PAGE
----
Lack of knowledge and inertia are still key barriers.
The Association of Investment Companies (AIC) today publishes the key findings of research into the barriers to wider use of investment companies by independent financial advisers (IFAs).
The research was conducted by Research in Finance and consisted of 32 in-depth interviews as well as a survey of more than 300 advisers.
Research in Finance identified six main barriers to the use of investment companies, including a persistent lack of knowledge among advisers. All six barriers are outlined below.
While the use of investment companies by IFAs has increased since the Retail Distribution Review (RDR), with purchases on advised platforms now in excess of £1 billion annually, the majority of advisers still do not use investment companies.
Nick Britton, Head of Intermediary Communications at the Association of Investment Companies (AIC), said: “Though an increasing number of financial advisers are willing to consider investment companies for their clients, the majority have yet to add them to their toolbox. We commissioned this research to better understand the barriers to more widespread adoption.
“The research confirms that lack of knowledge is still a key barrier to investment company use among IFAs. The AIC has trained more than 7,000 advisers since 2011 and we continue to offer free training in various formats and locations. This year, we are planning to run more workshops than ever before, building on our commitment to training and education.
“However, there are other challenges for the industry to address. Some of these relate to the sales and marketing of investment companies, while others are to do with platforms and research tools. The AIC will be discussing the findings of this research with its members and their managers in order to understand how we can best address the barriers highlighted by the research.”
Key findings: the main barriers to investment company use
Through 32 in-depth interviews, mainly with advisers who do not use investment companies, and a quantitative survey of more than 300 advisers, Research in Finance highlighted six main barriers to investment company use among IFAs:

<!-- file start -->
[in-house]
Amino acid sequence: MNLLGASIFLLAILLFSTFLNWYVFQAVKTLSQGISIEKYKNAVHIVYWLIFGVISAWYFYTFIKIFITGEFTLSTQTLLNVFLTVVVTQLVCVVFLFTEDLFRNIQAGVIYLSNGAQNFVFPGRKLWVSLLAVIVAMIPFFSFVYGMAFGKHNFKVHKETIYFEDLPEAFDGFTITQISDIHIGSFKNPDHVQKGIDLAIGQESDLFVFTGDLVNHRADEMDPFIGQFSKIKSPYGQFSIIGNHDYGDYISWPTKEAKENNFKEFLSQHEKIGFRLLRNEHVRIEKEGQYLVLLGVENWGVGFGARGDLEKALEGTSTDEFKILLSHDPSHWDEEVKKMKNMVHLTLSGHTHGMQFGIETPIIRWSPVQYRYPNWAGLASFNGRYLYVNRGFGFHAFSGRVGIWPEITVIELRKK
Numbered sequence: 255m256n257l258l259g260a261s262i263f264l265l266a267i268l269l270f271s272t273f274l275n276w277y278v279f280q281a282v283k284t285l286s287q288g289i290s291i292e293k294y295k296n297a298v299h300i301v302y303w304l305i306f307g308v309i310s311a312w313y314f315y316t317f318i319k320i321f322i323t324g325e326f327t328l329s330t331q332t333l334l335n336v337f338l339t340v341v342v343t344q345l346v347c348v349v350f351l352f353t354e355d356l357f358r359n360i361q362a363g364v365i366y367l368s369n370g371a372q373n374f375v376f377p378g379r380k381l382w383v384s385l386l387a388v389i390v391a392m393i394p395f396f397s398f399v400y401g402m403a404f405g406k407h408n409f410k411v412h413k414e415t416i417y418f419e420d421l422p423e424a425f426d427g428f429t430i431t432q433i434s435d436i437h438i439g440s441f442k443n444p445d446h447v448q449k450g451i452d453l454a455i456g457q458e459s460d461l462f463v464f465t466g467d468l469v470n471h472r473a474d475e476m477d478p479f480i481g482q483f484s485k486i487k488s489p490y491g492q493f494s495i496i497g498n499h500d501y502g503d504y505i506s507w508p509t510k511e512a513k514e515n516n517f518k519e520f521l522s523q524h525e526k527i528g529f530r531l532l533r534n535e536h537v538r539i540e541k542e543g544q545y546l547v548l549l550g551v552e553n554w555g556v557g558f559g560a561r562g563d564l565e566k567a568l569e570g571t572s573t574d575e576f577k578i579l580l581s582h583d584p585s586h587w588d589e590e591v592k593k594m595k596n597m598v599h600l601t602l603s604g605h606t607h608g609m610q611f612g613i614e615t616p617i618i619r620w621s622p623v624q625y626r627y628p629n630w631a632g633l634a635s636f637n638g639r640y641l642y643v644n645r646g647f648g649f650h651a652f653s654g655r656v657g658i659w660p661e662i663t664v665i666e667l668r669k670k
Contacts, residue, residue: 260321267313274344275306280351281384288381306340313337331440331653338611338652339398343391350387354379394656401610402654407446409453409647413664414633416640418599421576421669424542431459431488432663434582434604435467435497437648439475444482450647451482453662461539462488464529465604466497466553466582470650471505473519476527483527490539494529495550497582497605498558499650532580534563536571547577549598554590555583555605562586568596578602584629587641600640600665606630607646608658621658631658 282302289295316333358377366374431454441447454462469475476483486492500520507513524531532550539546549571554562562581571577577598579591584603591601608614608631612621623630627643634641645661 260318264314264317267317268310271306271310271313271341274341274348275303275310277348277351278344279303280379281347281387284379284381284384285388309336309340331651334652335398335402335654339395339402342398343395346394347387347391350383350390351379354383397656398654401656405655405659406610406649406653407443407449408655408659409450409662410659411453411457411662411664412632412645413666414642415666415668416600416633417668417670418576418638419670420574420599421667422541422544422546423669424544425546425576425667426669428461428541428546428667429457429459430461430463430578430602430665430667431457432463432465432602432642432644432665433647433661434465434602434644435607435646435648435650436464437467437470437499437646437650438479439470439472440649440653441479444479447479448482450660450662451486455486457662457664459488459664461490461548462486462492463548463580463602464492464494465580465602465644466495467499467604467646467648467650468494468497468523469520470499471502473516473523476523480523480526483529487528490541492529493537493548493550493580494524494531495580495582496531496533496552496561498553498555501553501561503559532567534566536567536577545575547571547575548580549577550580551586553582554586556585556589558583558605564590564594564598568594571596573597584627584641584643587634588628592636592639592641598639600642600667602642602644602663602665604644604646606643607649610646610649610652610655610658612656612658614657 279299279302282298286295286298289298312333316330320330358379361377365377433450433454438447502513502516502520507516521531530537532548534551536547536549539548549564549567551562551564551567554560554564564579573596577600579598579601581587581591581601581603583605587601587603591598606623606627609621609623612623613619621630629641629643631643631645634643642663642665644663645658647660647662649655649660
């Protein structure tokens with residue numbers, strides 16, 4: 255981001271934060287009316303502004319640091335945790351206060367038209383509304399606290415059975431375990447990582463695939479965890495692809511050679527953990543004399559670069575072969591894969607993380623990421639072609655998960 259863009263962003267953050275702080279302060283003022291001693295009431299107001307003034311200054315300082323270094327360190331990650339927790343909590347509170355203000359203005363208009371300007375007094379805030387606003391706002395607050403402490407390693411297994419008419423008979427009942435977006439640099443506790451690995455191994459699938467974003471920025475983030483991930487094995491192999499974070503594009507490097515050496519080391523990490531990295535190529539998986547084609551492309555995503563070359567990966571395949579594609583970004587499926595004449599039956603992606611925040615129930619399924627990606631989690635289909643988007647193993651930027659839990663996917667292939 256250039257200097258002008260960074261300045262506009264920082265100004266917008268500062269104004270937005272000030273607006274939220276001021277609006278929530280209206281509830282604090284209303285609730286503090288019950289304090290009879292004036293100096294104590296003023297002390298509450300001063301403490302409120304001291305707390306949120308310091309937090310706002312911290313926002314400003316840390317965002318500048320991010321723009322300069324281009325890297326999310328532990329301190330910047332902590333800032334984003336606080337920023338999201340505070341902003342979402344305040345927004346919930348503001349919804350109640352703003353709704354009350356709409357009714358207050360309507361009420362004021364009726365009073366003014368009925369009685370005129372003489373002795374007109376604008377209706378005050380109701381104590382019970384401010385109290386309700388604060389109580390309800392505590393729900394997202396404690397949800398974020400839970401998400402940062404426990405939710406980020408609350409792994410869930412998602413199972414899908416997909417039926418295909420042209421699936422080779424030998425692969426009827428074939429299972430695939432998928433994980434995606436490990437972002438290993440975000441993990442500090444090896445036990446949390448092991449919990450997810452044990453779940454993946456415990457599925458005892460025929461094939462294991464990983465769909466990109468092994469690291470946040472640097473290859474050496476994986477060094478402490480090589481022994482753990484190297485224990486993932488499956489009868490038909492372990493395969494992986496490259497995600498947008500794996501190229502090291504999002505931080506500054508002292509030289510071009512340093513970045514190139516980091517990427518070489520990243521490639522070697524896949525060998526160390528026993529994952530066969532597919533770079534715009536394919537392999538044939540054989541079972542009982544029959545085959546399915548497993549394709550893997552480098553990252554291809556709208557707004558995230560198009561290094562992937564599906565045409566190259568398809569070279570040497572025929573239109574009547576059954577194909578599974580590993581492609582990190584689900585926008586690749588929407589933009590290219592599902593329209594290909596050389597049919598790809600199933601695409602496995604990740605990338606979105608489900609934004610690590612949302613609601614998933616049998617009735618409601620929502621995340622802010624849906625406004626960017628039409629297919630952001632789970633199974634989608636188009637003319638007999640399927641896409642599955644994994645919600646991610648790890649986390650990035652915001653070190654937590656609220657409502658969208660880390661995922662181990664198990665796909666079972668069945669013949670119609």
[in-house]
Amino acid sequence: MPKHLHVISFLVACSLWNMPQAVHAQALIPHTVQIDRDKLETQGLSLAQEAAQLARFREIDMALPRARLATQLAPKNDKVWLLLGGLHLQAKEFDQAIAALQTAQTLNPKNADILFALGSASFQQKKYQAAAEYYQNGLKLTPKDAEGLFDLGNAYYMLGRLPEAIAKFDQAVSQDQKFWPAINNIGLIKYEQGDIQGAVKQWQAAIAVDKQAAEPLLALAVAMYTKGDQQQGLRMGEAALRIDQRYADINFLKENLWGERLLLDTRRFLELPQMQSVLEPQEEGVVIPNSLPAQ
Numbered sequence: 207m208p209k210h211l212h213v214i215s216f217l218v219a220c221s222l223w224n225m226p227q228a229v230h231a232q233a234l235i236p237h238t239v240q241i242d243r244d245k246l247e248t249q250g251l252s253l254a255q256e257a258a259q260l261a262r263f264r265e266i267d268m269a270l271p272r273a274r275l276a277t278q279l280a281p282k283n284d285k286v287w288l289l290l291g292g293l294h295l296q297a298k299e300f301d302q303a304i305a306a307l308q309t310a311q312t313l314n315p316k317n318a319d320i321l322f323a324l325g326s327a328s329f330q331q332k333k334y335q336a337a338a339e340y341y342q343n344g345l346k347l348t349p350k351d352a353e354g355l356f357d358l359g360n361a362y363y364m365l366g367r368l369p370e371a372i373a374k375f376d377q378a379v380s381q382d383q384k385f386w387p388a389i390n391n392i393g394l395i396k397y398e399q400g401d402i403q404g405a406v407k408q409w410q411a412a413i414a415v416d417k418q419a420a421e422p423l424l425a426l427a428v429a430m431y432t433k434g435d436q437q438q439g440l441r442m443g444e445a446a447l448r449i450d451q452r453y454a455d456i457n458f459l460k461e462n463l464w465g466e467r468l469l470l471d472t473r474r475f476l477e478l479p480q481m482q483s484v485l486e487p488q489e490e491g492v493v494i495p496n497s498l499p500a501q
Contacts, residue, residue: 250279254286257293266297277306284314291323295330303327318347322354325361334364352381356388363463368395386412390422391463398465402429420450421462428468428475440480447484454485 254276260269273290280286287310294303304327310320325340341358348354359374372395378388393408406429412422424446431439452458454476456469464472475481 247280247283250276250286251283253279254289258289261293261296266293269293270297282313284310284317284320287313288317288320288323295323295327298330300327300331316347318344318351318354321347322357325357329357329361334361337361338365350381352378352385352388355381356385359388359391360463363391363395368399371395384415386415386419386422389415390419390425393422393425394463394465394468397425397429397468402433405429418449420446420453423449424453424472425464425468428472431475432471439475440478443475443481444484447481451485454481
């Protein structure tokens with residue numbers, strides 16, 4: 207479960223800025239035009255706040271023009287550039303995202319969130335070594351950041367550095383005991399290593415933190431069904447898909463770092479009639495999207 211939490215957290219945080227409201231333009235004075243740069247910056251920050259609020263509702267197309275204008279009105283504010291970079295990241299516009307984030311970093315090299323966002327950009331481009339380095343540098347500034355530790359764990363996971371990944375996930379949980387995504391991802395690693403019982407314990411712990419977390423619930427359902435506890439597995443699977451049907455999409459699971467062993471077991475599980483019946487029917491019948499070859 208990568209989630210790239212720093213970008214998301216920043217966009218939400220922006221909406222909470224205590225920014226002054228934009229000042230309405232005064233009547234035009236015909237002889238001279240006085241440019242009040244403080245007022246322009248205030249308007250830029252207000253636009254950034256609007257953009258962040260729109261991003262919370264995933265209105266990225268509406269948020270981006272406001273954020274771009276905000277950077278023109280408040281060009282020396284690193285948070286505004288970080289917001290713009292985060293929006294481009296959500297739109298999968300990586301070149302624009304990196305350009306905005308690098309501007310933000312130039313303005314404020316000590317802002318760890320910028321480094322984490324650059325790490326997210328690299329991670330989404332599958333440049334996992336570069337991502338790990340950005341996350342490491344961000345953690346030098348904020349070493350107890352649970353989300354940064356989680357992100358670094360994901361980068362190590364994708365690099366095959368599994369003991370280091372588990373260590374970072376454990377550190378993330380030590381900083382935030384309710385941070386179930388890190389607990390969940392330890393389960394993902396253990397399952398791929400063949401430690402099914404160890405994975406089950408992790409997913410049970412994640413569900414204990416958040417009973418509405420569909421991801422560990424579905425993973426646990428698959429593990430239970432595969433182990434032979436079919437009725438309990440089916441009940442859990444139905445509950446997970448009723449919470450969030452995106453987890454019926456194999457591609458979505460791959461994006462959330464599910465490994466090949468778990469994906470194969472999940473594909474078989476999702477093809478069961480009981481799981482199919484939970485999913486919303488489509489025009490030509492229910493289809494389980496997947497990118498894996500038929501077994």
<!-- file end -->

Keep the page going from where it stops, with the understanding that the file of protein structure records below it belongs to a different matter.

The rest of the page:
(1) The knowledge gap. Many advisers acknowledged that they did not have a good working knowledge of investment companies.
(2) Inertia. Some advisers readily admitted that open-ended funds represented the path of least resistance for them.
(3) Limited contact with asset managers. The majority of advisers reported that they have little to no contact with asset managers regarding investment companies.
(4) The influence of firm and network-wide policies. Common problems include investment companies not appearing on advisers’ centralised buy-lists, or some adviser networks automatically treating all investment companies as high-risk.
(5) Research constraints. Investment companies may be filtered out in advisers’ research processes, or simply not feature in the research tools that advisers use.
(6) Platform-related issues include the availability of investment companies on platforms, trading costs and model portfolio functionality.
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- The quantitative survey took place from 7th to 25th June 2019. The qualitative interviews took place from 30th July to 19th August 2019.
- Research in Finance is a specialist market research consultancy and publisher. The firm’s wide-ranging research capabilities and industry knowledge help leading asset management firms, life companies, insurers and industry bodies make critical business decisions and further their product development, marketing and communication strategies.
- The Association of Investment Companies (AIC) was founded in 1932 to represent the interests of the investment trust industry – the oldest form of collective investment. Today, the AIC represents a broad range of closed-ended investment companies, incorporating investment trusts and other closed-ended investment companies and VCTs. The AIC’s members believe that the industry is best served if it is united and speaks with one voice. The AIC’s mission statement is to help members add value for shareholders over the longer term. The AIC has 363 members and the industry has total assets of approximately £202 billion.
- Disclaimer: The information contained in this press release does not constitute investment advice or personal recommendation and it is not an invitation or inducement to engage in investment activity. You should seek independent financial and, if appropriate, legal advice as to the suitability of any investment decision. Past performance is not a guide to future performance. The value of investment company shares, and the income from them, can fall as well as rise. You may not get back the full amount invested and, in some cases, nothing at all.
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